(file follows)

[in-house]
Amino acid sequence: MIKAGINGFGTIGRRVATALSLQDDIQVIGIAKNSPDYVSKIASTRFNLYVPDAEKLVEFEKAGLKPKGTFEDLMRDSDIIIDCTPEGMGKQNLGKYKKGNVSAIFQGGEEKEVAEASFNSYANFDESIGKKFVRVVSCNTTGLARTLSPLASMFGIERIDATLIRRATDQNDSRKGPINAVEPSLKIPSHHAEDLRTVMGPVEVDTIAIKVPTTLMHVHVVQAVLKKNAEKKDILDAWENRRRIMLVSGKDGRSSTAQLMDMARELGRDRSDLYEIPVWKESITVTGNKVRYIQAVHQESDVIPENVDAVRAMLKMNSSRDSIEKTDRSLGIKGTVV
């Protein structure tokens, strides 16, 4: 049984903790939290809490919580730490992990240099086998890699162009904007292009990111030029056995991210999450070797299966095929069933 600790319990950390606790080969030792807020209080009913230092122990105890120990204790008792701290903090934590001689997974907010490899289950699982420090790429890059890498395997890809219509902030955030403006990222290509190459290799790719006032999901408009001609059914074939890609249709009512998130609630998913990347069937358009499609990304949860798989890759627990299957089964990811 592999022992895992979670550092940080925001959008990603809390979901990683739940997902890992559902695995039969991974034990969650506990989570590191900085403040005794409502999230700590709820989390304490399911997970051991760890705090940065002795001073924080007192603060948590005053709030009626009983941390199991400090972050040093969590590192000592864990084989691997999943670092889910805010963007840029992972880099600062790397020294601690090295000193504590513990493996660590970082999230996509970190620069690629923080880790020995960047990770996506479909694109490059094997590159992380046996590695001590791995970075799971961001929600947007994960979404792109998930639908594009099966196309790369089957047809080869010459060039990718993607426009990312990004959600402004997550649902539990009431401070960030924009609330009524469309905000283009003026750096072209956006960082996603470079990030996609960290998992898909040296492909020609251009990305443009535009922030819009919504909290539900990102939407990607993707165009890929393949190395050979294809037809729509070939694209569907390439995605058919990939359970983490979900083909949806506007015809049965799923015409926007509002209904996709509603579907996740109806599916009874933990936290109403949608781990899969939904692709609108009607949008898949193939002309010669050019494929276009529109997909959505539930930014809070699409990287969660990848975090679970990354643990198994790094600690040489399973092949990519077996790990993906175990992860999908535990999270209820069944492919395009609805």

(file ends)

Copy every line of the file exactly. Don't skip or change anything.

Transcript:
[in-house]
Amino acid sequence: MIKAGINGFGTIGRRVATALSLQDDIQVIGIAKNSPDYVSKIASTRFNLYVPDAEKLVEFEKAGLKPKGTFEDLMRDSDIIIDCTPEGMGKQNLGKYKKGNVSAIFQGGEEKEVAEASFNSYANFDESIGKKFVRVVSCNTTGLARTLSPLASMFGIERIDATLIRRATDQNDSRKGPINAVEPSLKIPSHHAEDLRTVMGPVEVDTIAIKVPTTLMHVHVVQAVLKKNAEKKDILDAWENRRRIMLVSGKDGRSSTAQLMDMARELGRDRSDLYEIPVWKESITVTGNKVRYIQAVHQESDVIPENVDAVRAMLKMNSSRDSIEKTDRSLGIKGTVV
């Protein structure tokens, strides 16, 4: 049984903790939290809490919580730490992990240099086998890699162009904007292009990111030029056995991210999450070797299966095929069933 600790319990950390606790080969030792807020209080009913230092122990105890120990204790008792701290903090934590001689997974907010490899289950699982420090790429890059890498395997890809219509902030955030403006990222290509190459290799790719006032999901408009001609059914074939890609249709009512998130609630998913990347069937358009499609990304949860798989890759627990299957089964990811 592999022992895992979670550092940080925001959008990603809390979901990683739940997902890992559902695995039969991974034990969650506990989570590191900085403040005794409502999230700590709820989390304490399911997970051991760890705090940065002795001073924080007192603060948590005053709030009626009983941390199991400090972050040093969590590192000592864990084989691997999943670092889910805010963007840029992972880099600062790397020294601690090295000193504590513990493996660590970082999230996509970190620069690629923080880790020995960047990770996506479909694109490059094997590159992380046996590695001590791995970075799971961001929600947007994960979404792109998930639908594009099966196309790369089957047809080869010459060039990718993607426009990312990004959600402004997550649902539990009431401070960030924009609330009524469309905000283009003026750096072209956006960082996603470079990030996609960290998992898909040296492909020609251009990305443009535009922030819009919504909290539900990102939407990607993707165009890929393949190395050979294809037809729509070939694209569907390439995605058919990939359970983490979900083909949806506007015809049965799923015409926007509002209904996709509603579907996740109806599916009874933990936290109403949608781990899969939904692709609108009607949008898949193939002309010669050019494929276009529109997909959505539930930014809070699409990287969660990848975090679970990354643990198994790094600690040489399973092949990519077996790990993906175990992860999908535990999270209820069944492919395009609805």